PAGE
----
*In the sense that if you had a better prediction than the overall market, you would make investments now in order to become rich when the anticipated events occur, and your investments would reshape the market to include your predictions. And if you aren't confident enough to make such an investment your prediction can't be worth much...
posted by Mike1024 at 6:58 AM on February 18, 2009

But why are we still so focused on building new single family homes? Aren't there huge numbers of empty, (unsold or foreclosed) houses already kicking around? Don't people need apartment houses? Rentals? Construction jobs aside, what am I missing here?

Money. Greed. Convincing people that they will perish if they don't own at least 2000 sq feet, which ensures a continuing demand for new homes and depresses the resale value of older homes. Construction jobs are nice, but the real money is for the real estate developers.
posted by desuetude at 7:13 AM on February 18, 2009

Seconding house building as an indicator. We focus on the housing details because they might indicate market directions.

Foreclosures, on the other hand, paint a picture of financial stability. If people can't afford to live somewhere, there are more issues at hand. Maybe they'll try to find cheaper housing in the same area, or maybe they'll move to areas with cheaper housing. Maybe they'll move back with family.

It's all business. Business means keeping people employed, paid, fed. In the abstract: yes, foreclosures could be seen as some sort of clensing, or coming to terms with the differences between needs and wants. But in reality, it means people have to make drastic changes to their lives, and often without much of a safety net.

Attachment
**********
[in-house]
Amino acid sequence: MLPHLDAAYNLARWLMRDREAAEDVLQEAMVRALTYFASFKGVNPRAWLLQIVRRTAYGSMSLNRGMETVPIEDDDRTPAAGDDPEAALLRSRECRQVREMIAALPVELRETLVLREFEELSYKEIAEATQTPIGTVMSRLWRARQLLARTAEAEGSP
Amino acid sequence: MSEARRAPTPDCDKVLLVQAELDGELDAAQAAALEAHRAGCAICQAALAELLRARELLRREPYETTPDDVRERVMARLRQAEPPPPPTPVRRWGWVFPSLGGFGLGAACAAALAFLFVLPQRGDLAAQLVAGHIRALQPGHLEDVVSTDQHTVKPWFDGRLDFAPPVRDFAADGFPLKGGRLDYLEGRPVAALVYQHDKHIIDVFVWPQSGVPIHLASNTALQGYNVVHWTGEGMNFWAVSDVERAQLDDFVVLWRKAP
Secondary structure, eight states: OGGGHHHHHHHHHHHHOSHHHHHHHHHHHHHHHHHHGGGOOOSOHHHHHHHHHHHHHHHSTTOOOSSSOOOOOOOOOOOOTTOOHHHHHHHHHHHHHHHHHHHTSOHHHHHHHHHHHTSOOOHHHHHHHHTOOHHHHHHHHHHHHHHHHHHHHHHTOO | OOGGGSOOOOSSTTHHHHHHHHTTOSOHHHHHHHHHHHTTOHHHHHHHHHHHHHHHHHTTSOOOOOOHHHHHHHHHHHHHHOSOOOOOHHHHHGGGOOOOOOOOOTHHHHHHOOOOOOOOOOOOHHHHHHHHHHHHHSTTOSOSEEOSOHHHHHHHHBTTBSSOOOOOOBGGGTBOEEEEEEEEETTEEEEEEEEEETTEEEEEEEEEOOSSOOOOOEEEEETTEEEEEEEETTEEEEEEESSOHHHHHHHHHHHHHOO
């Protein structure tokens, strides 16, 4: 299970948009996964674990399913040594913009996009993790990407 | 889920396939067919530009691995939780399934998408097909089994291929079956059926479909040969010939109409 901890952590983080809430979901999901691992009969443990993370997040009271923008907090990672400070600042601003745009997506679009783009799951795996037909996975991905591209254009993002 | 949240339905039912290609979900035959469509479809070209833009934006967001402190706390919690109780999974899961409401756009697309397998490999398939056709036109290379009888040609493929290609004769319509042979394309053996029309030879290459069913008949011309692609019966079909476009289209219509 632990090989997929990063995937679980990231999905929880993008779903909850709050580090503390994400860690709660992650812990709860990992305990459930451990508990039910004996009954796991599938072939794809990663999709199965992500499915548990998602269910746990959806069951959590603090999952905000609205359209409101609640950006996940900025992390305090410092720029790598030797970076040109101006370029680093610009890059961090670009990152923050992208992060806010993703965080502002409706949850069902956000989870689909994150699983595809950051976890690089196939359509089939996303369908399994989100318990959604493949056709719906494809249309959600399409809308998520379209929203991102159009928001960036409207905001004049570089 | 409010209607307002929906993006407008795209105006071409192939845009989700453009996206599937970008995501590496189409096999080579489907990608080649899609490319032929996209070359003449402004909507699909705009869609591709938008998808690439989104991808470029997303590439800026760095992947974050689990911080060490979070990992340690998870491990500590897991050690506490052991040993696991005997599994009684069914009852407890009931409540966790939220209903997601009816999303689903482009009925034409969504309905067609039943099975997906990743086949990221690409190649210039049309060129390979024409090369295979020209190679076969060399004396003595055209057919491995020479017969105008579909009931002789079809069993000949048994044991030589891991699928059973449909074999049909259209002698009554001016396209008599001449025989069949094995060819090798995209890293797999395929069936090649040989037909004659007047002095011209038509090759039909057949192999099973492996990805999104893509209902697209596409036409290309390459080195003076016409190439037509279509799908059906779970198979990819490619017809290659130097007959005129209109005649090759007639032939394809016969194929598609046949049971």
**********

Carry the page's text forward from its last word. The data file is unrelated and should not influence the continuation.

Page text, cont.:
posted by filthy light thief at 7:31 AM on February 18, 2009

Seconding everyone regarding leading economic indicators.
posted by mikewas at 8:41 AM on February 18, 2009

[few comments removed - could you stick to fact-type things please? thanks! ]
posted by jessamyn (staff) at 8:54 AM on February 18, 2009

Not just construction jobs, but jobs in industries that provide the inputs for the construction industry. Transportation, heavy equipment manufacturing, extraction industries, steel industry, etc.

There´s not really an aspect of increased housing starts being good because of a need for housing so much as that it´s a vote of confidence that the economy will be in reasonable shape to sell the things after they are finished. It´s a bet that there will be buyers, and seeing lots of homes being built means that there is a lot of betting in that direction. A show of confidence in the economy on the part of the builders.
posted by yohko at 11:14 AM on February 18, 2009

The housing start numbers the US census bureau collects track both single family and multifamily units.

PDF with the Feb 2009 report here

So it´s not just single family homes they are concerned with.

Oh, and some new single family homes do become rentals.
posted by yohko at 11:26 AM on February 18, 2009

Oh, and this page has a quick summary of housing starts as an indicator.
posted by yohko at 11:30 AM on February 18, 2009

Well, that makes sense then, thanks everyone. Thanks esp yohko for the links (didn't want to "best" it because so many good succinct answers.)
posted by nax at 5:20 PM on February 18, 2009